Teen Suicide Red and Yellow Flags Parents Need to Know and Tips to Help Teens Cope

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Playing Red and Yellow Flags Parents Need to Know to Help Prevent Teen Suicide

Parenting expert Dr. Deborah Gilboa and adolescent psychologist Dr. Jen Hartstein share what parents can do if they are concerned about their child, and worried they may be contemplating suicide.

What to do if you see red flags: 

Dr. Gilboa shares that if you see red flags like a drastic personality change, withdrawing from family and friends, or potentially violent behavior, do not be ashamed to reach out for help. Call the emergency department psychiatric ward of your local hospital, your kid's doctor, or counselor, but Dr. Gilboa warns to call until you get an answer or some help.

Dr. Hartstein shares that often parents are afraid their kid is going to be mad at them, but it's better to have your kid alive and angry at you, than the alternative. 

What are yellow flags: 

Dr. Hartstein shares that parents often dismiss yellow flags as typical teen behavior, but they are indicators that something might be happening with your teen. She warns parents that if your gut is telling you something is off, you want to ask questions about it. 

Dr. Gilboa shares that parents don't have to be an expert in diagnosis, but you are an expert on your child. If something feels wrong -- even something good -- if it surprises you, it should make you curious. Dr. Hartstein agrees, sharing that even a slight shift in mood should be something to warrant a conversation. Ask your child about it and even if they get annoyed with you, that's okay. 

What parents should do if they see yellow flags: 

How would a parenting expert approach it? Dr. Gilboa says, "Hey, I'm curious, I see this difference, and I want to know more about what's behind it. How are you feeling? Are you okay?" The goal should be to just listen and for them to know that however, they are feeling matters to you. 

How can you help your kid deal with uncomfortable emotions: 

If you're not worried about your kids right now, is there anything you can do to strengthen your communication, your relationship for when you are worried? Dr. Hartstein shares the most important thing is to be talking. In the age of devices, you really need to create opportunities for conversation. Here are some tips from both experts:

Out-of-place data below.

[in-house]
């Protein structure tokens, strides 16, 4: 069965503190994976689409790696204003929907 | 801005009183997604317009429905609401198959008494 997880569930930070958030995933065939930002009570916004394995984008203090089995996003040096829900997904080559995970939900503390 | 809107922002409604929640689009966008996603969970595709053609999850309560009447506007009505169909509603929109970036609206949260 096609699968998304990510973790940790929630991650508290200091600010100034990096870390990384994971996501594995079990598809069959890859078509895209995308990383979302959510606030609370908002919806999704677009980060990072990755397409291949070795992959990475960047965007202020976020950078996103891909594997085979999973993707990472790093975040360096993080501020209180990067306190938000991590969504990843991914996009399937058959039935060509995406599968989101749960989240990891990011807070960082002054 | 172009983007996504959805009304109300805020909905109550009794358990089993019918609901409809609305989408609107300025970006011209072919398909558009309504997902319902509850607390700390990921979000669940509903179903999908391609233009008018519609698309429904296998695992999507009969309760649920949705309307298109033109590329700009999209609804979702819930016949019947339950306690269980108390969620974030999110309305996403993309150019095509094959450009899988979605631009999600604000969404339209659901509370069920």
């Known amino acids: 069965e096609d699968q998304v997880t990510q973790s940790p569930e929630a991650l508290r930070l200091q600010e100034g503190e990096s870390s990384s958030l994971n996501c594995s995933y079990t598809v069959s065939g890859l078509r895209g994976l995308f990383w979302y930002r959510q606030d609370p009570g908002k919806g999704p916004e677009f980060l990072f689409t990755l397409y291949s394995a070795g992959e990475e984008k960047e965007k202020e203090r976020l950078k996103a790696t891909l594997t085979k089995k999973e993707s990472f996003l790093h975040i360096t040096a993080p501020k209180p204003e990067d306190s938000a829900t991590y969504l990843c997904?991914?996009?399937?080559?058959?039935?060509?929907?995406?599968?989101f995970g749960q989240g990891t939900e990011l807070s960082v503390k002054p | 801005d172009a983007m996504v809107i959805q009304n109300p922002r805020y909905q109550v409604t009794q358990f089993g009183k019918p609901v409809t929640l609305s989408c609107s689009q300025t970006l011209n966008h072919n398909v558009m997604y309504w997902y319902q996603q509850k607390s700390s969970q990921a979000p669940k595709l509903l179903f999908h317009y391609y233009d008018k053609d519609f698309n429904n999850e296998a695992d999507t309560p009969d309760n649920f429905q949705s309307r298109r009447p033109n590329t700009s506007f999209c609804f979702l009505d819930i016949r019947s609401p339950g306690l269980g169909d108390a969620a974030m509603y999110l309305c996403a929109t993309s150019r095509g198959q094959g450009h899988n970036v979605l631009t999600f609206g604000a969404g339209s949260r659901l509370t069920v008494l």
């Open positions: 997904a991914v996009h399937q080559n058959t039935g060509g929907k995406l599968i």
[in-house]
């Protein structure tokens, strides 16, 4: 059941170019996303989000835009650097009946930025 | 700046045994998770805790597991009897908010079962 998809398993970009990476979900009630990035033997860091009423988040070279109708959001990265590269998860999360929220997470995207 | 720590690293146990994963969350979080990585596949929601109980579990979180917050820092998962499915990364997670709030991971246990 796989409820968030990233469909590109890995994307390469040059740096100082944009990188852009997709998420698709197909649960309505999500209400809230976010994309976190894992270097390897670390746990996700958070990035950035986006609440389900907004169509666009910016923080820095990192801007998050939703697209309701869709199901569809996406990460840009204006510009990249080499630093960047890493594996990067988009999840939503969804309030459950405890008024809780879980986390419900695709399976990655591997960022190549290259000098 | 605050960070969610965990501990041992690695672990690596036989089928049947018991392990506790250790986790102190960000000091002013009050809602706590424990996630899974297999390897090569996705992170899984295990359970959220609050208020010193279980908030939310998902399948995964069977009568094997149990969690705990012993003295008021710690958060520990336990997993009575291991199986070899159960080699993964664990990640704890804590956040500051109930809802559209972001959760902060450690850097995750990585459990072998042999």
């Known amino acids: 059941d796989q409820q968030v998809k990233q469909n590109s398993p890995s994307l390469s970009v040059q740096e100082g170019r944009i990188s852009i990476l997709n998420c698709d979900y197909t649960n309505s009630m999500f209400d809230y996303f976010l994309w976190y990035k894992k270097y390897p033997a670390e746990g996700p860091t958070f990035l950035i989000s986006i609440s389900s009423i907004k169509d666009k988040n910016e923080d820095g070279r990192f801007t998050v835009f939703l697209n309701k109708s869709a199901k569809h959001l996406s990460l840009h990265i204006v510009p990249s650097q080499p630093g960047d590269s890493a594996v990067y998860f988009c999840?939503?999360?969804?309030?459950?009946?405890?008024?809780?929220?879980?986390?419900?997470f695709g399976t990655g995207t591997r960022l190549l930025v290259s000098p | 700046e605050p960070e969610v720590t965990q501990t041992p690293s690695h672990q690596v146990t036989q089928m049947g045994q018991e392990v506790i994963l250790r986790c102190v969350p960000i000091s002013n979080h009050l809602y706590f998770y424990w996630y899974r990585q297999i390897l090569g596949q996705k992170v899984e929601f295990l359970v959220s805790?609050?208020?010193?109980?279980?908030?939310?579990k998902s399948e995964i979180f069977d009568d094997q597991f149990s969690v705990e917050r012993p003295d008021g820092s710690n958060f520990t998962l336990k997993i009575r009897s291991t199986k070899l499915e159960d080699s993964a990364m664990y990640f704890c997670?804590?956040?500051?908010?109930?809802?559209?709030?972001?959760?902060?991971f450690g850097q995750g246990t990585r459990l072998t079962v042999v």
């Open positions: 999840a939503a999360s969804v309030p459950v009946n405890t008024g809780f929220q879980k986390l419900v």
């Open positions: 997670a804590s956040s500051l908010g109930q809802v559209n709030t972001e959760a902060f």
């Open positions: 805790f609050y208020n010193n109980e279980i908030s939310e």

• Connect with your kids about their feelings 
  • Identify what helps your child when they are feeling upset 
  • Figure out with your child a way to manage their feelings when they get upset

Dr. Gilboa and Dr. Hartstein also share that it's easy for parents to want to solve all their kid's issues, especially by sharing their own experiences. Instead, they recommend: 

  • Listen to their issue and ask permission to share your own experience with them. 
  • When your child is sharing their feelings, ask, "Would you like empathy, advice, or intervention?"

Learning to manage your discomfort is a very powerful tool. Dr. Hartstein says she asks her teen patients to consider "how do I get through this moment without making the moment worse." This year has taught us there will definitely be a time when we feel miserable. It's important we all learn to navigate pitfalls and disappointments. 

Watch: Build Your Teens Resiliency to Help Them Navigate Hard Emotions

For more information and resources on suicide prevention, call the National Suicide Prevention Hotline at (800) 273-TALK, or visit The Suicide Prevention Resource Center website or Text HOME to 741741 to connect with a Crisis Counselor.